You can use a list to save the data of each rectangle, but it's better to use a struct.

It's possible to use recursion to crete the bunch of rectangles, but it's easier to use for/list.

I think a list is fine for this example, they are probably ordered and you want to draw them in order. It would be nice to hide the details of the creations of the bunch of rectangles in function, but that's optional.

To calculate the total area, you can use a for to iterate over the bunch of rectangles instead of recursion.

I'm using set! but it's much better to use for/sum instead. It's possible to use set but it's not very idiomatic. Also, the compiler is unhappy with set! and code wthout set! usually has more optimizations and is faster. Try to avoid set! if possible.

The calculation of the total area looks like a common enough thing you want to do in a longer program, and it's also quite clear and isoated, so I'd definetively move it to a function definition. It's also easier to test and debug.

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As others have said, it sounds like you're overthinking it. For example, here's a simple and complete Racket program that you can paste into, e.g. test.rkt and run from the command line using racket test.rkt (Note: Prior posters have been mentioning the use of (module+ main ...) but that isn't strictly necessary.)

#lang racket

(define (factorial n)
  (cond [(= n 0) 1]  ; factorial of 0 is 1 by definition
        [else (* n (factorial (- n 1)))])) ; e.g. in math, factorial(7) is (7 * factorial(6))

(displayln (factorial 5))  ; prints 120

Here's another example that does all the things you mentioned doing in Go. Again, you can copy/paste this into a .rkt file and run it from the command line:

#lang racket

; Example code responding to bsilver from the Racket Discourse,
; showing how Racket would do each of the things he mentioned doing in
; Go.  His requests are preceded with '...', mine are in {}

(require racket/async-channel) ; ...you start with some imports...

; ...a package name
; {You don't need that in Racket}

(define (main) ; ...a main()
  (define x (add1 7)) ; ...I can call another function that passes back the result
  (displayln x) ; ...then call another function
  (define y (* x 7)) ; ...just keep passing the data through these functions

  (define ch (make-async-channel)) ; {create a channel (well, an `async-channel`, since `channel` is synchronous)}
  (struct person (name age) #:transparent) ; {create that structure type you wanted, to be used later}

  (async-channel-put ch y) ; ...hand them off to another routine via a channel

    ; {create another thread to listen on the channel (not part of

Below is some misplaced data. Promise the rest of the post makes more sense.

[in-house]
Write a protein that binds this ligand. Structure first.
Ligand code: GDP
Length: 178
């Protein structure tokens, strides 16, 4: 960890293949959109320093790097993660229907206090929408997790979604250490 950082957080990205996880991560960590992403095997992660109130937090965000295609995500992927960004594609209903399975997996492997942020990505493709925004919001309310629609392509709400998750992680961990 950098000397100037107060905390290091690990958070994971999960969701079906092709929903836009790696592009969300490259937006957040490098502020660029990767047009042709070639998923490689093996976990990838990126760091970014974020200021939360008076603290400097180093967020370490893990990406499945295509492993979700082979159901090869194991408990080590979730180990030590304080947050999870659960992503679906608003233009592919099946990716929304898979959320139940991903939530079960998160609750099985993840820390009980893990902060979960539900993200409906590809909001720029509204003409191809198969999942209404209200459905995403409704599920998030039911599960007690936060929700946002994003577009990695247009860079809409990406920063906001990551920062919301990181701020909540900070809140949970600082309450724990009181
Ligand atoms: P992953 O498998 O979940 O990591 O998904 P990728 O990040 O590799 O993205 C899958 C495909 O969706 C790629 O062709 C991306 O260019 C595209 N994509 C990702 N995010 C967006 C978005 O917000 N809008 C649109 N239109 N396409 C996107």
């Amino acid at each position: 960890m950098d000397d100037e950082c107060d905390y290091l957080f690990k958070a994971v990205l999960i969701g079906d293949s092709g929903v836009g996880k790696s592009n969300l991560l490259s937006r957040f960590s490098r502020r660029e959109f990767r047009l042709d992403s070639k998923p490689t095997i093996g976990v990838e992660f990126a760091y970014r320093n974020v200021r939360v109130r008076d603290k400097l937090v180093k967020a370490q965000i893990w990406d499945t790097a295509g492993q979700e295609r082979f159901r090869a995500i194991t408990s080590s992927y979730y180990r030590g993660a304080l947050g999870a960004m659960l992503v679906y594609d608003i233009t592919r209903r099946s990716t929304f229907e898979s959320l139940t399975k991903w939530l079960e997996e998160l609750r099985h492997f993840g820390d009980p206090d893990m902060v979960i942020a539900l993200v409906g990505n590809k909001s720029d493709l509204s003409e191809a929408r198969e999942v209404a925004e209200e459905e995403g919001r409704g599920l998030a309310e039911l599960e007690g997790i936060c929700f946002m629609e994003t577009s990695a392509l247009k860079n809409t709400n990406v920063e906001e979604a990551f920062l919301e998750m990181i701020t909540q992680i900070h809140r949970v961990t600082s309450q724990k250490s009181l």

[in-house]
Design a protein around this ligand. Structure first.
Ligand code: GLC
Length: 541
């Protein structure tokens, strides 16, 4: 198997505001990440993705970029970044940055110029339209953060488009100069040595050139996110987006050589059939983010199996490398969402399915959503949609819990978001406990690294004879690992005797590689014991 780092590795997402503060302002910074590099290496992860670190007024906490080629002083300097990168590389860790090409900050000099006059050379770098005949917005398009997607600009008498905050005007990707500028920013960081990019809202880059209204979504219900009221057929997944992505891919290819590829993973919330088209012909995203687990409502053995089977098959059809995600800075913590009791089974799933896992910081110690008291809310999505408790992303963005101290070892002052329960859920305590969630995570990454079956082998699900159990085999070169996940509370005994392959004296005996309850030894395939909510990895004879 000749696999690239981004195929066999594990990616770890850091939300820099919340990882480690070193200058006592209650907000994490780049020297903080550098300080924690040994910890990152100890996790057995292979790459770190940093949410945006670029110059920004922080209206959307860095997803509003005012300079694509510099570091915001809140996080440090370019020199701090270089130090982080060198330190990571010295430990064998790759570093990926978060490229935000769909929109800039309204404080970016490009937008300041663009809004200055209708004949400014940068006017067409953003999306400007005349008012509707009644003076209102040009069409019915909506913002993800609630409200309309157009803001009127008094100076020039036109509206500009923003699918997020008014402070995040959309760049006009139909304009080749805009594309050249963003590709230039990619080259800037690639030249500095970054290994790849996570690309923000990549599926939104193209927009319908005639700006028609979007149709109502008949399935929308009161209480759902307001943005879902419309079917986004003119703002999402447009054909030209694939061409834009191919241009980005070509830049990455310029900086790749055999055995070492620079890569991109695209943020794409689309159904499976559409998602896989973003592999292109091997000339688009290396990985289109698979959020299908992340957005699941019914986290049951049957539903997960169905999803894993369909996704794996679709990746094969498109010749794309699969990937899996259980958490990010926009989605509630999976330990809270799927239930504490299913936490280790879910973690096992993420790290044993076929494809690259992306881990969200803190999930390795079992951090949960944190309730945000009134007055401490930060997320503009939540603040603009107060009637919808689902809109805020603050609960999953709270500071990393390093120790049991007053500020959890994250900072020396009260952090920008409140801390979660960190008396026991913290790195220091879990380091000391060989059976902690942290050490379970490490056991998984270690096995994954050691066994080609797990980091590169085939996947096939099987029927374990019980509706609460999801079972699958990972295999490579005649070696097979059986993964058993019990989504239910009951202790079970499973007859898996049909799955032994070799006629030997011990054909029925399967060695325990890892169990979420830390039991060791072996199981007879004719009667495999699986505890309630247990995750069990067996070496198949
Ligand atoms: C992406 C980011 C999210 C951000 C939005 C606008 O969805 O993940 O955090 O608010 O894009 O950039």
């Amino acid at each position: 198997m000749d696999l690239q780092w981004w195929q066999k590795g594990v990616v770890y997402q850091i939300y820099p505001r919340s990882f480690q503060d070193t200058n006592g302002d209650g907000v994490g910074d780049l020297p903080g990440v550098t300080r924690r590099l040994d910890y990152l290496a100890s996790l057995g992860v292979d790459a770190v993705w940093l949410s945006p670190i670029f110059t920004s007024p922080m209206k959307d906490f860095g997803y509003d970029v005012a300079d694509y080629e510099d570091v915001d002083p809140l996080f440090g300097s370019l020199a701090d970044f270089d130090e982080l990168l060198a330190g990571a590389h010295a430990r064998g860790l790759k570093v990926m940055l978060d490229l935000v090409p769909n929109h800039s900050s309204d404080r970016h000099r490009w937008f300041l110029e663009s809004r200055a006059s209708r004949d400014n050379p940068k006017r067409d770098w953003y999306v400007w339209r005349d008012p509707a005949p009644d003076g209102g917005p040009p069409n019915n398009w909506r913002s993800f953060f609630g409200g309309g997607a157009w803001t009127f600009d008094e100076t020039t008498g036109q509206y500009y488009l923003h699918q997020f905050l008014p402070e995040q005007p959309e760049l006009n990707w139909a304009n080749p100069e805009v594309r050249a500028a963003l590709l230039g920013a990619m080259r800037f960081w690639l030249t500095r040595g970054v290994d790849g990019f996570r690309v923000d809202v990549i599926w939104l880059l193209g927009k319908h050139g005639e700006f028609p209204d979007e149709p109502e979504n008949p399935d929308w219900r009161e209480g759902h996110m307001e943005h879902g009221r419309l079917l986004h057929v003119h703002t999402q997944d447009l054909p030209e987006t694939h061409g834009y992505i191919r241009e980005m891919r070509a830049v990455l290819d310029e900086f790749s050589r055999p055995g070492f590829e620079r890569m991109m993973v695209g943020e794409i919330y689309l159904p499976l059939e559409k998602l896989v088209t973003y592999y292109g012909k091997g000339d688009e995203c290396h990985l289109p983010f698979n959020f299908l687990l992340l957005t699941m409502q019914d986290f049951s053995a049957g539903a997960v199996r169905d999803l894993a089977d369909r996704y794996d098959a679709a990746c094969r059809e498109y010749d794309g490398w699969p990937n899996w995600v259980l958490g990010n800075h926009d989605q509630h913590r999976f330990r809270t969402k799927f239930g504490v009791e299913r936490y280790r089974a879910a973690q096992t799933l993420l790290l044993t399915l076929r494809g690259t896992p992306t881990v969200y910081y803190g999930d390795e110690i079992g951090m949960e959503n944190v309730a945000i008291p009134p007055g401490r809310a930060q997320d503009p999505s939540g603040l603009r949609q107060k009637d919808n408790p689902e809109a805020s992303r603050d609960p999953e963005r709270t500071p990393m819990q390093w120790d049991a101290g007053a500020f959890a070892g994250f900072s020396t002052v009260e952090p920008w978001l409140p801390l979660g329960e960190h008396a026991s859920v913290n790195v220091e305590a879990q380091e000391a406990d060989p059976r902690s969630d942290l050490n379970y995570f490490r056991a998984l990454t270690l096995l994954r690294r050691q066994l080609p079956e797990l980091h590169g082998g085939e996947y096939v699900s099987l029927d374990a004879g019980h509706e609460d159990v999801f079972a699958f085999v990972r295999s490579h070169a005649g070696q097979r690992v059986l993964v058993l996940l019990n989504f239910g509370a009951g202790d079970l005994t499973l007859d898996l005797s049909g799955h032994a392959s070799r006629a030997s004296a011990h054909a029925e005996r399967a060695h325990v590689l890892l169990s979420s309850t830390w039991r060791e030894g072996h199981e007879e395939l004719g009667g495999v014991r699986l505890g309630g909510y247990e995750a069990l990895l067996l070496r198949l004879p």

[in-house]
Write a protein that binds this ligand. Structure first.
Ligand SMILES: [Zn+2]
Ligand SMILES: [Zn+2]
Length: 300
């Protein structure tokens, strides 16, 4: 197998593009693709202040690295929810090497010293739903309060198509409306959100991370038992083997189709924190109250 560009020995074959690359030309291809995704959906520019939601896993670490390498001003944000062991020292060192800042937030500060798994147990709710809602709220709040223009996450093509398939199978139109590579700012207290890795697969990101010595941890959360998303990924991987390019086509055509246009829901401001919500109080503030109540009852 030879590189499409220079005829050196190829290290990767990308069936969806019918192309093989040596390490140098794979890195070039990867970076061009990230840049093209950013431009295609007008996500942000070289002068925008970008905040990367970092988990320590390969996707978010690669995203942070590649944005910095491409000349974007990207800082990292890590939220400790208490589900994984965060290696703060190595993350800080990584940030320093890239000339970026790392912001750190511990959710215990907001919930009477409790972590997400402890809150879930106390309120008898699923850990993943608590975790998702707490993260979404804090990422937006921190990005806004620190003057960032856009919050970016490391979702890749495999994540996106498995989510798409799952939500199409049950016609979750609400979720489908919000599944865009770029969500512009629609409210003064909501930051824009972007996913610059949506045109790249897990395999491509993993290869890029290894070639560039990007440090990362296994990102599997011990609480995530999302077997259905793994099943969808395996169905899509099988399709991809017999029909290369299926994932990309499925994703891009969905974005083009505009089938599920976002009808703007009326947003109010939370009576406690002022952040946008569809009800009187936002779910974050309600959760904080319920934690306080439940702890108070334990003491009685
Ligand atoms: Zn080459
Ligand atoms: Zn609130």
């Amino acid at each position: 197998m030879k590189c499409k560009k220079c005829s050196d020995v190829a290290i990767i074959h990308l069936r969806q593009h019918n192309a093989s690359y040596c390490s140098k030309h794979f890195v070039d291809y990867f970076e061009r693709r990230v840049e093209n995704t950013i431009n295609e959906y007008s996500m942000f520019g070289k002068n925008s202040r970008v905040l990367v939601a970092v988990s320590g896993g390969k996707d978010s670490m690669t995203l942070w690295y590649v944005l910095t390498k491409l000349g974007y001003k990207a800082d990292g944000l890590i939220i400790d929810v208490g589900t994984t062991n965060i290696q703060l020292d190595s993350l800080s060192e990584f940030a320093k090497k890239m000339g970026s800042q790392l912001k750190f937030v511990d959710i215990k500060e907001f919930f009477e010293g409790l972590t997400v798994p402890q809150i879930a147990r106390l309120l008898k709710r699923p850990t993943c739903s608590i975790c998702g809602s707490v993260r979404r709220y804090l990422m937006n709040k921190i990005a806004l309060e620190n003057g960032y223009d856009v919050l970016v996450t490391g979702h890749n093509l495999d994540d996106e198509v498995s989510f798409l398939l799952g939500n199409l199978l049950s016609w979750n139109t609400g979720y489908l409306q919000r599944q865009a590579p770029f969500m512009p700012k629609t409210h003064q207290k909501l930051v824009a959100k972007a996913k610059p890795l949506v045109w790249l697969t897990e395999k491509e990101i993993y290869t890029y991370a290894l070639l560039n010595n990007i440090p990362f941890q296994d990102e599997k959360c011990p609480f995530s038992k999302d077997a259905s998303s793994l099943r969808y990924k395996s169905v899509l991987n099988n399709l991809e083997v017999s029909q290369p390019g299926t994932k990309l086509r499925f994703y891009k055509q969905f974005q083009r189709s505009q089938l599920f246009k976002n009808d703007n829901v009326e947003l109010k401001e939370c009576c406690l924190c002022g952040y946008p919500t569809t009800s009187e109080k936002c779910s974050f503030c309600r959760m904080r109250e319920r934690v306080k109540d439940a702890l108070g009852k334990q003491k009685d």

; what you mentioned in Go but makes a good demonstration)}

    (define age (sync ch)) ; {receive the value handed off through the channel}

    (person 'bob age) ; ...that maybe passes the result to a structure
    ; {the above line creates an instance of structure type 'person'
    ; using the passed-in value for age. Hopefully that's what you
    ; meant by 'passes the result to a structure'}

    (async-channel-put ch "Finished.") ; {tell the main thread that we're done}

  ; ...or through a network connection that was passed as an argument to it
  (define socket  (udp-open-socket))
  (define udpport (udp-bind! socket "" 22871)) ; {listen to UDP port 22871 on interface}   

  (do-network-thing udpport y)

  (displayln (sync ch)) ; wait for a signal to come back on the channel, then clean up and finish
  (udp-close socket)

(define (do-network-thing udpport val)
  ;...do something through a network connection that was passed as an argument to it.

  ; {I'm commenting this out because I don't want to actually deal with network code in an 
  ; example, but it would send the byte string "hello, world" to the specified host 
  ; machine/port}
  ; (udp-send-to socket target-host target-port #"hello, world")

  ; ...I need to check data at some point, I can write another function and just insert it into the flow.
  ; {Not sure what this means.  Maybe anonymous functions?  Racket's gotcha covered.
  (when (equal? 11 val) ; {check the data}
    ((lambda (v) (display "inside anonymous func, v is: ") (displayln v)) val)) ;{write another function, insert it into the flow}

(main) ; {kick things off by calling main}

Andy Wingo, who maintains Guile, has blog posts comparing Racket's threads and synchronizable events (which are based on Concurrent ML) with Go. Note that the first post, concurrent ml versus go -- wingolog, ends with:

[edit: Sam Tobin-Hochstadt tells me I got it wrong and I believe him :slight_smile: In the meantime while I work out how I was wrong, examples are welcome!]

so do also read the follow-up, a new concurrent ml -- wingolog.